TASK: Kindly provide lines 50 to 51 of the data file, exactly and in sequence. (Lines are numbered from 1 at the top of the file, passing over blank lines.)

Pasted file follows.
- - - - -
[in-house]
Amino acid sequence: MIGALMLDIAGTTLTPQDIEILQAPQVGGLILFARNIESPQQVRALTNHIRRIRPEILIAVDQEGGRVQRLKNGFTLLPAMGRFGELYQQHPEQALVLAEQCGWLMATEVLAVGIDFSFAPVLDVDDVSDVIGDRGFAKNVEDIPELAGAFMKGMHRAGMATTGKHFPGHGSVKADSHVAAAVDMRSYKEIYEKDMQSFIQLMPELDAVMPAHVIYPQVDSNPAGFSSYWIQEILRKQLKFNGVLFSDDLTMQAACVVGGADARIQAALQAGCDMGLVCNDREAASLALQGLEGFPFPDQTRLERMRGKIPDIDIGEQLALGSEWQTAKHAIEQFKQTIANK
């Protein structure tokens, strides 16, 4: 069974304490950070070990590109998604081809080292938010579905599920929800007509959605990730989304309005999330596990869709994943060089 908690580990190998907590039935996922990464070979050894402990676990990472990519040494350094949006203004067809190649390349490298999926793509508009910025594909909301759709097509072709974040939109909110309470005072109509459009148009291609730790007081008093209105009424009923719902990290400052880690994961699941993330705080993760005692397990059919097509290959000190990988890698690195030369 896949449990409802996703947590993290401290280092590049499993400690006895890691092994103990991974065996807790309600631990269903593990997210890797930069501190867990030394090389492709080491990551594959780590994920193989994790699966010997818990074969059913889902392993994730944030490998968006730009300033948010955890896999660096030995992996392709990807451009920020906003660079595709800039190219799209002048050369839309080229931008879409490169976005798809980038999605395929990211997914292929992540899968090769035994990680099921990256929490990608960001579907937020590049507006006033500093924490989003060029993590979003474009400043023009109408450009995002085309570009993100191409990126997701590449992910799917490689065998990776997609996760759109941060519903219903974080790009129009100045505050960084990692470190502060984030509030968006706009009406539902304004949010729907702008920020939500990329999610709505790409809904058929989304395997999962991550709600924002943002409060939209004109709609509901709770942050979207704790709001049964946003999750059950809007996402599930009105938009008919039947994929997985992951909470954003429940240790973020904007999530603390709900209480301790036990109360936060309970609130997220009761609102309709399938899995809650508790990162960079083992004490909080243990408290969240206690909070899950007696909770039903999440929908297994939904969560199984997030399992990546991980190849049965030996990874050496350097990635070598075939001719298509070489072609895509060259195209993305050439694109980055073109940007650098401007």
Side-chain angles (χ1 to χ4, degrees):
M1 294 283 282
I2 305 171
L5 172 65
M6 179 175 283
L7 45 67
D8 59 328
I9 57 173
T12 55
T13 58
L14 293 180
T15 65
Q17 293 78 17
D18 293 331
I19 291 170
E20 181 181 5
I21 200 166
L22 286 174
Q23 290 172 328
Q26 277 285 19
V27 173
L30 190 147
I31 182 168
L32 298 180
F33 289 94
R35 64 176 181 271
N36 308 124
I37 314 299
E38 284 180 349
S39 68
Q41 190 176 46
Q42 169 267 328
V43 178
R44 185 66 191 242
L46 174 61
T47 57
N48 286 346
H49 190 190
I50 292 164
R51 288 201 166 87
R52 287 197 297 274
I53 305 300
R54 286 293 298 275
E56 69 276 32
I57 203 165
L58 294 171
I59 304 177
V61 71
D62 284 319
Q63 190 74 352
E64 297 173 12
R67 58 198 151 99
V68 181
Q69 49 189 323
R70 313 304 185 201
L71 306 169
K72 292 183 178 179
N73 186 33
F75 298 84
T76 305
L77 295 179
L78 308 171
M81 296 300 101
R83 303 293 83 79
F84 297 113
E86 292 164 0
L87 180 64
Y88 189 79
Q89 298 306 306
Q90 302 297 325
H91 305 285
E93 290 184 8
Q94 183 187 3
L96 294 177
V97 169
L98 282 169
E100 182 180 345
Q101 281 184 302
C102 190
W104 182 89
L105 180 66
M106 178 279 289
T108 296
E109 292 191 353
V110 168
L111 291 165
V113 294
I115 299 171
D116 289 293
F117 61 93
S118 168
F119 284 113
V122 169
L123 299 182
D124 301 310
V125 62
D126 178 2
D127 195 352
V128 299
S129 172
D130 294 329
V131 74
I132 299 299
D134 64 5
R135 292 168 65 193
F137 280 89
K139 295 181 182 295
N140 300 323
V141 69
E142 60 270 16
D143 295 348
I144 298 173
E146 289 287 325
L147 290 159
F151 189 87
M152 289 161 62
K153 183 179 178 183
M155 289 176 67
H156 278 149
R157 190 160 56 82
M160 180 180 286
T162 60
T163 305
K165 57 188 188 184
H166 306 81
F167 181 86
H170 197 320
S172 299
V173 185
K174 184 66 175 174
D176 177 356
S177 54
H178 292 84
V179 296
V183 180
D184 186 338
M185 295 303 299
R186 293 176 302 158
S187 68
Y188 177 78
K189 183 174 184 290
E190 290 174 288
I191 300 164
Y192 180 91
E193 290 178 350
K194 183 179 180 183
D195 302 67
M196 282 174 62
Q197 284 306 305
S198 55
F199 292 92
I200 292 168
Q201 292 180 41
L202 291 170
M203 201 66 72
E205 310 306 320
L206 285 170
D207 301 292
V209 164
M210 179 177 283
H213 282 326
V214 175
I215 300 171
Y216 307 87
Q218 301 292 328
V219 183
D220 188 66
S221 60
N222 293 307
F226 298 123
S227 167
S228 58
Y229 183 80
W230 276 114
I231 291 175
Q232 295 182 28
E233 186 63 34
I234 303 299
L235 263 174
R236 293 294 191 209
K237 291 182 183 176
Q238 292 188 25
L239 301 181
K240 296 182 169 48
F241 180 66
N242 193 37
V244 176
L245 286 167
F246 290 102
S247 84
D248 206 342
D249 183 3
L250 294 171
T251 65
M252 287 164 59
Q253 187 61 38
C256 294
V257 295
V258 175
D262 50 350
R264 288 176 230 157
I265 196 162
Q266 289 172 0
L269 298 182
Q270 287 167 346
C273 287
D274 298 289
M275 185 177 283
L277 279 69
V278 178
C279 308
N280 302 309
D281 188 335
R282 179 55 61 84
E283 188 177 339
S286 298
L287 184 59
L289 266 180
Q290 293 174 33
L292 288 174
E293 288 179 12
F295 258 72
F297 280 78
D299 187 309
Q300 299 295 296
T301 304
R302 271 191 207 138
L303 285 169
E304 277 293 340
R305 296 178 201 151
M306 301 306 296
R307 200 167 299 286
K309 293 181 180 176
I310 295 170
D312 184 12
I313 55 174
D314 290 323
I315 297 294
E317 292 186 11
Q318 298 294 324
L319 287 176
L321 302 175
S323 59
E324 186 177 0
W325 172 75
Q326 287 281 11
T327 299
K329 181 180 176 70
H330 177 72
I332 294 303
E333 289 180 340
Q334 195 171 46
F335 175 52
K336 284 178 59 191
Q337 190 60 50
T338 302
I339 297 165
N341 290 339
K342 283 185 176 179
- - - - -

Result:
I59 304 177
V61 71